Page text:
POORLY DESIGNED COMPUTER WORKSTATIONS CONTRIBUTE TO REPETITIVE STRAIN INJURIES
POORLY DESIGNED COMPUTER WORKSTATIONS
CONTRIBUTE TO REPETITIVE STRAIN INJURIES
LONG GROVE, Ill., Jan. 13 /PRNewswire/ -- Long hours, poor posture and inadequate equipment are contributing toward an increasing number of repetitive strain injuries (RSI) among users of video display terminals in newsrooms across the country, reports the National Loss Control Service Corp. (NATLSCO), the loss containment division of Kemper Risk Management Services (KRMS).
NATLSCO ergonomist Ellen Rader-Smith says that one of the primary causes of RSI, also known as cumulative trauma disorders, among reporters and other computer users is poorly designed workstations that force workers to adapt to workstations not originally designed for computer equipment.
"These situations have forced reporters and other computer users to adapt to the location of the keyboard and focus at a specific distance and height on the screen, leading to awkward or constrained postures that become an even greater concern over extended periods of time," Rader-Smith said.
In addition, talking on the telephone while keying in pertinent story details can create stressful body postures, as the phone is cradled awkwardly by the upper back and neck muscles.
According to Rader-Smith, proper equipment can help prevent some of these injuries. For example, many new office chairs today are ergonomically designed, meaning that they provide good lumbar or lower back support, have adjustable height features and adjustable backrest and seatpan positions. Also, adjustable equipment such as lower surfaces for the keyboard, height adjustable monitors, footrests, wrist rests, document holders and headsets are important.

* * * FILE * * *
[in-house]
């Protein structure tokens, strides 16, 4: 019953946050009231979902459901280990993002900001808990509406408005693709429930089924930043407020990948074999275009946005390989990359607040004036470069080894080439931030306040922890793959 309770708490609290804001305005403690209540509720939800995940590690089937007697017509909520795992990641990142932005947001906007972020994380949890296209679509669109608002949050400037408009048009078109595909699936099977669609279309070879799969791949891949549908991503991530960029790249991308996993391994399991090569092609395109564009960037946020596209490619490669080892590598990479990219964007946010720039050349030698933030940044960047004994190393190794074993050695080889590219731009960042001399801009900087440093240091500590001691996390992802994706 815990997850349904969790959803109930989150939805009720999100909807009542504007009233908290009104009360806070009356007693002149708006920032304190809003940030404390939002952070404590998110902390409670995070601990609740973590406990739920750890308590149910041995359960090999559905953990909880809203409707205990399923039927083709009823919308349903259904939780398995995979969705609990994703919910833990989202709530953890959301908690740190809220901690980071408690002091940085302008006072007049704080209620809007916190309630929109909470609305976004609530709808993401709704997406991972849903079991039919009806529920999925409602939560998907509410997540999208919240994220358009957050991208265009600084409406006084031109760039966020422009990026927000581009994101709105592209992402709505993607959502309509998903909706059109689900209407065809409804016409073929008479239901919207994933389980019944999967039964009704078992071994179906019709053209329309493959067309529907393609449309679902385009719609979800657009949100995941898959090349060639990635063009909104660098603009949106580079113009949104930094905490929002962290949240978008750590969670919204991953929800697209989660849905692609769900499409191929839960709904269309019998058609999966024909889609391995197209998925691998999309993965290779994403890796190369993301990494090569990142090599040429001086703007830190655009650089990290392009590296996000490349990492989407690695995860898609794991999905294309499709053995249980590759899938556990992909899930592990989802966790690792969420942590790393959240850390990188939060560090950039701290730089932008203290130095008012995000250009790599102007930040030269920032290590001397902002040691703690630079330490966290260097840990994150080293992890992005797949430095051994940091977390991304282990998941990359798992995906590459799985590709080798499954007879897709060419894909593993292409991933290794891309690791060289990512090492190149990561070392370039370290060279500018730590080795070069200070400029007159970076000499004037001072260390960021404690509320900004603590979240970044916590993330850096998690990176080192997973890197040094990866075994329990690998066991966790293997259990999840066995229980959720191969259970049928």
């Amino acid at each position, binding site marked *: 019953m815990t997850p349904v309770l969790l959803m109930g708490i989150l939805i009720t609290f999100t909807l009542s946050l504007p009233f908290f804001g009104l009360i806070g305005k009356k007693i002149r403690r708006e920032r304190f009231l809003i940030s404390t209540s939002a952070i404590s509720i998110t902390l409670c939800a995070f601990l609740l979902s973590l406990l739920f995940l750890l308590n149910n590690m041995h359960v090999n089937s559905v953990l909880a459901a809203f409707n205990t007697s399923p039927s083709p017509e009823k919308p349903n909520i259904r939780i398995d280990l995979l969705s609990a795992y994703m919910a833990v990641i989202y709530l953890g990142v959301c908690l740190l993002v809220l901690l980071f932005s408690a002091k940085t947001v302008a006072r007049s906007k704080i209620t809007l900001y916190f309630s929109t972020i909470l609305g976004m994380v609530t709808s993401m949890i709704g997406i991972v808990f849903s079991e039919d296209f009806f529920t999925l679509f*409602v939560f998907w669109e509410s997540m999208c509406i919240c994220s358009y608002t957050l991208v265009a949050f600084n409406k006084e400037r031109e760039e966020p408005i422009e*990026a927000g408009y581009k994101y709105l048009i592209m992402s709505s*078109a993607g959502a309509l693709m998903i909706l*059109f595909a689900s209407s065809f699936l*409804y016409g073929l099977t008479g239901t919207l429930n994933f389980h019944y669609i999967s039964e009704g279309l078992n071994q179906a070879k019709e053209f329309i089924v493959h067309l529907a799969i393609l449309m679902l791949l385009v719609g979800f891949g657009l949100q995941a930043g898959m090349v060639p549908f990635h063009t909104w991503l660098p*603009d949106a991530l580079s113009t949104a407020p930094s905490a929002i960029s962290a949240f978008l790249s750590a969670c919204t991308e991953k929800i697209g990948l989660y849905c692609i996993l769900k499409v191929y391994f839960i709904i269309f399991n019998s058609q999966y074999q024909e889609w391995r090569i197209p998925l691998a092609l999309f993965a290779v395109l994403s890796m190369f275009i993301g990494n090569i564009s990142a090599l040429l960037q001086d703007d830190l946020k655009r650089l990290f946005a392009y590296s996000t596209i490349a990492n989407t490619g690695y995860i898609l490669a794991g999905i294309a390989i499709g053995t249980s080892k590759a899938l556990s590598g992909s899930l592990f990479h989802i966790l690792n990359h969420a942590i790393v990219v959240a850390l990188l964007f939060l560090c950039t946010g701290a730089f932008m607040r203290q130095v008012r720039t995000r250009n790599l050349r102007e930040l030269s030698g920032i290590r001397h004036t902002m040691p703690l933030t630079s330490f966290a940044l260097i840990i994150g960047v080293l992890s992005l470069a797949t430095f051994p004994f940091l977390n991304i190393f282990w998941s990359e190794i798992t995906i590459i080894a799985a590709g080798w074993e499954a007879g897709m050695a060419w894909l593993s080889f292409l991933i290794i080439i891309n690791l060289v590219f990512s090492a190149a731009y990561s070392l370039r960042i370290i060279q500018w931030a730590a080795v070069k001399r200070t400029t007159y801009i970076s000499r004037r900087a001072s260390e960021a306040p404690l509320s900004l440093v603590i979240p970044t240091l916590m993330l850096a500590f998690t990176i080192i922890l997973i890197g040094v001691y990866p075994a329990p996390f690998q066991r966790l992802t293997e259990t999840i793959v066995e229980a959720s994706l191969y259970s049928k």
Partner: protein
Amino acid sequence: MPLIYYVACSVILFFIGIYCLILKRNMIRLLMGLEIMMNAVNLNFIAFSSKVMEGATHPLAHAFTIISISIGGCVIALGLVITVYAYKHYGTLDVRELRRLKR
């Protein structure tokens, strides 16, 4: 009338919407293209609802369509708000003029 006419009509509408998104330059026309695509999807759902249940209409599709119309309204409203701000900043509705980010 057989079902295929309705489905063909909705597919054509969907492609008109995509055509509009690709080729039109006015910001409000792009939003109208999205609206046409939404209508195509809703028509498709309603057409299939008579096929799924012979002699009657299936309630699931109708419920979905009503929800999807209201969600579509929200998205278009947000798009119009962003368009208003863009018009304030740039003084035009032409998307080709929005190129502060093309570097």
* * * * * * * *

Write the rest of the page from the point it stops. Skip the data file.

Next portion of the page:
However, to be effective, office workers must be trained to use the ergonomic equipment and furniture so that the special features can be used to their fullest capacity.
"Ergonomics can make a difference in office areas and may also positively affect worker productivity and morale," Rader-Smith said.
Good posture can help reduce postural strain of the lower and upper back, reduce cervical and eye strain during screen viewing, and reduce the likelihood of stressful hand and arm postures that have been associated with RSI.
Following are suggested postural guidelines at the keyboard:
-- upper arms at sides
-- elbows bent to an approximate 90-degree angle
-- forearms parallel to the floor
-- wrists in a neutral or "almost straight" position
-- fingers slightly flexed and relaxed
-- head and spine erect with chair lumbar support to the lower back
-- eyes at approximately the same height as the top row of print on the screen
-- thighs supported on seatpan, with one- to two-inch clearance at seat edge
-- clearance between thighs and desk surface of one to two inches
-- feet flat on the floor or footrest
KRMS is a partnership between NATLSCO, Kemper Corporation's (NYSE: KEM) risk management subsidiary, and Kemper National Services, Inc., the medical loss containment subsidiary of Kemper National Insurance Companies. KRMS offers comprehensive, fully integrated risk management services, including risk control, claims management, managed care and risk information and analysis.
/CONTACT: Janice Kalmar, 708-540-4465, or Ira Nathanson, 708-540-4463, both of Kemper/
(KEM) CO: Kemper Risk Management Services ST: Illinois IN: SU: TS -- NY049 -- 9115 01/13/92 12:56 EST